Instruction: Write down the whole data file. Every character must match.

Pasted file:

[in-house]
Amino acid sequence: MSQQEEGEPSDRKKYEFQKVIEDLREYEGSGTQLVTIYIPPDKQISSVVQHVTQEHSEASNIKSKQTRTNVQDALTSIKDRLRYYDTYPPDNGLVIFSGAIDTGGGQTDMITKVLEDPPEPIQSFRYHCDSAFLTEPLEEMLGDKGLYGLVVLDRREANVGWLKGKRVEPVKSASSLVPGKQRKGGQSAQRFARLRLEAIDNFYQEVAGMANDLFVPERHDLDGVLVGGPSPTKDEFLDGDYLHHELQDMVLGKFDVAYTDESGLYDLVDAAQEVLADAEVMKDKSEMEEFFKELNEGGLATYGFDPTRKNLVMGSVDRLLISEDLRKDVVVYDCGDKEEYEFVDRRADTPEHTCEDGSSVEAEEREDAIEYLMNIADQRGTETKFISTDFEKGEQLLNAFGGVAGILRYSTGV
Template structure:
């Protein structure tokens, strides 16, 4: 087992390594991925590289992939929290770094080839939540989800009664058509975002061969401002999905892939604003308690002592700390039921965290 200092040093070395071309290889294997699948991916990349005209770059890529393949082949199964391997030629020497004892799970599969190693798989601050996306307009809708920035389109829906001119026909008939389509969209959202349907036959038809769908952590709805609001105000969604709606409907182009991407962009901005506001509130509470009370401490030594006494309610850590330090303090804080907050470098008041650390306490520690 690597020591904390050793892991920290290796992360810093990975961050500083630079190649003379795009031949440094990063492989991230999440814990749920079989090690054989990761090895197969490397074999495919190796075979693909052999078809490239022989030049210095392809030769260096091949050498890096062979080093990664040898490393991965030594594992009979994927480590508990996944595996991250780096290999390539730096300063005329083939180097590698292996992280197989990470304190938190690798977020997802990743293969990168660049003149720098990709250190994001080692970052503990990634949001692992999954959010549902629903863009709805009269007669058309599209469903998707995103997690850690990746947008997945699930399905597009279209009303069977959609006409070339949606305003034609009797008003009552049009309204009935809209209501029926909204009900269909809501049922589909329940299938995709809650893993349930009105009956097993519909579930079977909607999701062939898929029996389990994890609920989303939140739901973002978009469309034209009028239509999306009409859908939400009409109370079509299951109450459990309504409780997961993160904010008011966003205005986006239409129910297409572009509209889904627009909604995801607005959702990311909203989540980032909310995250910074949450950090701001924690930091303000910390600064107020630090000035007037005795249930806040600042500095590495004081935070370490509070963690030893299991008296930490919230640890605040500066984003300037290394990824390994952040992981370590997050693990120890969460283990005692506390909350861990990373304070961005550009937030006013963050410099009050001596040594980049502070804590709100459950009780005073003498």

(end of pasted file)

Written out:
[in-house]
Amino acid sequence: MSQQEEGEPSDRKKYEFQKVIEDLREYEGSGTQLVTIYIPPDKQISSVVQHVTQEHSEASNIKSKQTRTNVQDALTSIKDRLRYYDTYPPDNGLVIFSGAIDTGGGQTDMITKVLEDPPEPIQSFRYHCDSAFLTEPLEEMLGDKGLYGLVVLDRREANVGWLKGKRVEPVKSASSLVPGKQRKGGQSAQRFARLRLEAIDNFYQEVAGMANDLFVPERHDLDGVLVGGPSPTKDEFLDGDYLHHELQDMVLGKFDVAYTDESGLYDLVDAAQEVLADAEVMKDKSEMEEFFKELNEGGLATYGFDPTRKNLVMGSVDRLLISEDLRKDVVVYDCGDKEEYEFVDRRADTPEHTCEDGSSVEAEEREDAIEYLMNIADQRGTETKFISTDFEKGEQLLNAFGGVAGILRYSTGV
Template structure:
């Protein structure tokens, strides 16, 4: 087992390594991925590289992939929290770094080839939540989800009664058509975002061969401002999905892939604003308690002592700390039921965290 200092040093070395071309290889294997699948991916990349005209770059890529393949082949199964391997030629020497004892799970599969190693798989601050996306307009809708920035389109829906001119026909008939389509969209959202349907036959038809769908952590709805609001105000969604709606409907182009991407962009901005506001509130509470009370401490030594006494309610850590330090303090804080907050470098008041650390306490520690 690597020591904390050793892991920290290796992360810093990975961050500083630079190649003379795009031949440094990063492989991230999440814990749920079989090690054989990761090895197969490397074999495919190796075979693909052999078809490239022989030049210095392809030769260096091949050498890096062979080093990664040898490393991965030594594992009979994927480590508990996944595996991250780096290999390539730096300063005329083939180097590698292996992280197989990470304190938190690798977020997802990743293969990168660049003149720098990709250190994001080692970052503990990634949001692992999954959010549902629903863009709805009269007669058309599209469903998707995103997690850690990746947008997945699930399905597009279209009303069977959609006409070339949606305003034609009797008003009552049009309204009935809209209501029926909204009900269909809501049922589909329940299938995709809650893993349930009105009956097993519909579930079977909607999701062939898929029996389990994890609920989303939140739901973002978009469309034209009028239509999306009409859908939400009409109370079509299951109450459990309504409780997961993160904010008011966003205005986006239409129910297409572009509209889904627009909604995801607005959702990311909203989540980032909310995250910074949450950090701001924690930091303000910390600064107020630090000035007037005795249930806040600042500095590495004081935070370490509070963690030893299991008296930490919230640890605040500066984003300037290394990824390994952040992981370590997050693990120890969460283990005692506390909350861990990373304070961005550009937030006013963050410099009050001596040594980049502070804590709100459950009780005073003498």